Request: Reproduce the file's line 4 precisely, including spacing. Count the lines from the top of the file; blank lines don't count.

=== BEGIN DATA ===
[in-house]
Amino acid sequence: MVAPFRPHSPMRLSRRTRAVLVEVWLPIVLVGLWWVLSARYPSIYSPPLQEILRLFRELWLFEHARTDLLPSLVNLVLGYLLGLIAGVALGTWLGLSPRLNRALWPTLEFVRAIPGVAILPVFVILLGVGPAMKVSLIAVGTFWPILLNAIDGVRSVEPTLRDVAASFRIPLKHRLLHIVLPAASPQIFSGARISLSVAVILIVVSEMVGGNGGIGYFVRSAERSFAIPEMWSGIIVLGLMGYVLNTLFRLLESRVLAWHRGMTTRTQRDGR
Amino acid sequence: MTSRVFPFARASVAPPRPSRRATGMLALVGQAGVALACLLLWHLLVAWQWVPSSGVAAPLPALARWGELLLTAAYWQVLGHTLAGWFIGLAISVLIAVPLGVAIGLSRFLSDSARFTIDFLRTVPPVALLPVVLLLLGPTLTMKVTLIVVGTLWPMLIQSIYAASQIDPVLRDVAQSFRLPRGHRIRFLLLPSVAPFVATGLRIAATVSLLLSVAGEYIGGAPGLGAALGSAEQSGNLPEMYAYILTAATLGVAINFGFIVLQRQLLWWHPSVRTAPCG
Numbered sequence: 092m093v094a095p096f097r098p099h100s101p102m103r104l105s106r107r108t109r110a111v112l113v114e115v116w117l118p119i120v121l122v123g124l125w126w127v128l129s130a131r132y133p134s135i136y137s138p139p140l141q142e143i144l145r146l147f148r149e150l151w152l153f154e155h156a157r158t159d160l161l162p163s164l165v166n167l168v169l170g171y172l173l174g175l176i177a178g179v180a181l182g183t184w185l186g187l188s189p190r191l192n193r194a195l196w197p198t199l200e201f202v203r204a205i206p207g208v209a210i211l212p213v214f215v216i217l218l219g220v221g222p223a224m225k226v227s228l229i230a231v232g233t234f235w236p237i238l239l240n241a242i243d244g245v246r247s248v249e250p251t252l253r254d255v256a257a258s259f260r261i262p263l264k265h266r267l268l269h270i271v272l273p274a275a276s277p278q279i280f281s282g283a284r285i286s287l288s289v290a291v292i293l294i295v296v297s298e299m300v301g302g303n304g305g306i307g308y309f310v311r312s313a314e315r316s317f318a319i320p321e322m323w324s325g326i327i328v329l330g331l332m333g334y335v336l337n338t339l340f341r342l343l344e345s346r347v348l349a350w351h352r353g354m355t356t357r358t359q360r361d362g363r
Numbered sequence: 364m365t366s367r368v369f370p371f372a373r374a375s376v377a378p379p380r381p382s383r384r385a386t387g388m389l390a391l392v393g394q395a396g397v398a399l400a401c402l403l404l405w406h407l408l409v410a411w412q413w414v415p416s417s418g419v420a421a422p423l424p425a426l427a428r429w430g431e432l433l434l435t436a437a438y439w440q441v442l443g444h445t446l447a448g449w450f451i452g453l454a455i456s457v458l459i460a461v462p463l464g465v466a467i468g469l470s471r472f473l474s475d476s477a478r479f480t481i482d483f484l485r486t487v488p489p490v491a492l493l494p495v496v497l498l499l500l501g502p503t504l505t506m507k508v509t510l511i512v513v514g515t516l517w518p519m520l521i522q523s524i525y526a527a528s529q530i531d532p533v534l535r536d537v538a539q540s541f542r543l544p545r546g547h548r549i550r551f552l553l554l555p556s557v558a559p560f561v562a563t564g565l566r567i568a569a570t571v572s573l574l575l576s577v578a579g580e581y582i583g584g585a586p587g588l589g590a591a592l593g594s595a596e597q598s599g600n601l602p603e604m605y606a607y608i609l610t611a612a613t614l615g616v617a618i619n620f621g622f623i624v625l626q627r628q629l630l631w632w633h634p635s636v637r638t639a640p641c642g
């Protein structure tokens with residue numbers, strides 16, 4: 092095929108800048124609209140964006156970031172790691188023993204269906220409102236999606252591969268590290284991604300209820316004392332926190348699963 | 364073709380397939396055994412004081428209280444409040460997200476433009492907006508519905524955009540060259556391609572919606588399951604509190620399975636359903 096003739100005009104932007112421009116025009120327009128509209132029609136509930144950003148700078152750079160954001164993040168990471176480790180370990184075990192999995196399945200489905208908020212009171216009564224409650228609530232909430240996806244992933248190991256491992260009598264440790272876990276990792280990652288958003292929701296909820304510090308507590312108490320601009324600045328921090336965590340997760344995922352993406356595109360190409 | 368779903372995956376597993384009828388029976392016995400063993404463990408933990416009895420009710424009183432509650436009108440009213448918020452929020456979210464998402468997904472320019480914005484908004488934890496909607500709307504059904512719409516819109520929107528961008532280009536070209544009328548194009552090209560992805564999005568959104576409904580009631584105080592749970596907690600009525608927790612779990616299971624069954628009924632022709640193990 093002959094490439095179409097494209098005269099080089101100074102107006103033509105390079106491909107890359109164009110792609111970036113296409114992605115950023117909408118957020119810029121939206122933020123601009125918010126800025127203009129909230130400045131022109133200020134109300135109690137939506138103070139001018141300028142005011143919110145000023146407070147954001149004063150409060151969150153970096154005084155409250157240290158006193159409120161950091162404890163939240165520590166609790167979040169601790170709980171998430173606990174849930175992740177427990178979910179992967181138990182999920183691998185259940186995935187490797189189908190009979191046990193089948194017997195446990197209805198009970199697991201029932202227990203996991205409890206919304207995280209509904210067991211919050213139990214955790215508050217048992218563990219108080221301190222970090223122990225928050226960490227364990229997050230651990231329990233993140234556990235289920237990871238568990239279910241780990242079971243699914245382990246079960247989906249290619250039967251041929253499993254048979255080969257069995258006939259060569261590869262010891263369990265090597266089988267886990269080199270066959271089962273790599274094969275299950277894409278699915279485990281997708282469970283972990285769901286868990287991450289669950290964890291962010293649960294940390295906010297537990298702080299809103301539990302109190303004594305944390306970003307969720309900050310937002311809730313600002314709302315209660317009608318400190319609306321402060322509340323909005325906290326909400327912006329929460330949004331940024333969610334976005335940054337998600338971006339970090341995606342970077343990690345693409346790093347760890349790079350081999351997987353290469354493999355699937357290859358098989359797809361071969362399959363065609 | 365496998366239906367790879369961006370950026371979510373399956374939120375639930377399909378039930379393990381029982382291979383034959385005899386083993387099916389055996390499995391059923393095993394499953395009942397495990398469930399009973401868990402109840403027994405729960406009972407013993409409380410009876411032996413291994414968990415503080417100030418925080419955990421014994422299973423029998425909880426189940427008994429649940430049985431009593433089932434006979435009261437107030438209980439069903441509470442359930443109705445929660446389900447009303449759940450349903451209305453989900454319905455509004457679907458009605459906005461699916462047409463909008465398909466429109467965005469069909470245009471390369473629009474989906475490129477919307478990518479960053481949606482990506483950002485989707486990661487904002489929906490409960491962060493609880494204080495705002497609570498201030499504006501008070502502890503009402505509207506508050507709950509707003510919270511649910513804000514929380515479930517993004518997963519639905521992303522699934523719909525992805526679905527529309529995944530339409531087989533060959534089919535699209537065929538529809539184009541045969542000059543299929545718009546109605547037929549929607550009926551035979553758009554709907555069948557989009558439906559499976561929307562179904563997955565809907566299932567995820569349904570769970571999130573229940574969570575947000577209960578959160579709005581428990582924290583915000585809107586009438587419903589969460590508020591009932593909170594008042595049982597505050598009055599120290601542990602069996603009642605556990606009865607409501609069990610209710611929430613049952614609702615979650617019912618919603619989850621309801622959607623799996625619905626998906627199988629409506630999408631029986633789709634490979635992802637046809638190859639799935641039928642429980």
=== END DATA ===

Numbered sequence: 092m093v094a095p096f097r098p099h100s101p102m103r104l105s106r107r108t109r110a111v112l113v114e115v116w117l118p119i120v121l122v123g124l125w126w127v128l129s130a131r132y133p134s135i136y137s138p139p140l141q142e143i144l145r146l147f148r149e150l151w152l153f154e155h156a157r158t159d160l161l162p163s164l165v166n167l168v169l170g171y172l173l174g175l176i177a178g179v180a181l182g183t184w185l186g187l188s189p190r191l192n193r194a195l196w197p198t199l200e201f202v203r204a205i206p207g208v209a210i211l212p213v214f215v216i217l218l219g220v221g222p223a224m225k226v227s228l229i230a231v232g233t234f235w236p237i238l239l240n241a242i243d244g245v246r247s248v249e250p251t252l253r254d255v256a257a258s259f260r261i262p263l264k265h266r267l268l269h270i271v272l273p274a275a276s277p278q279i280f281s282g283a284r285i286s287l288s289v290a291v292i293l294i295v296v297s298e299m300v301g302g303n304g305g306i307g308y309f310v311r312s313a314e315r316s317f318a319i320p321e322m323w324s325g326i327i328v329l330g331l332m333g334y335v336l337n338t339l340f341r342l343l344e345s346r347v348l349a350w351h352r353g354m355t356t357r358t359q360r361d362g363r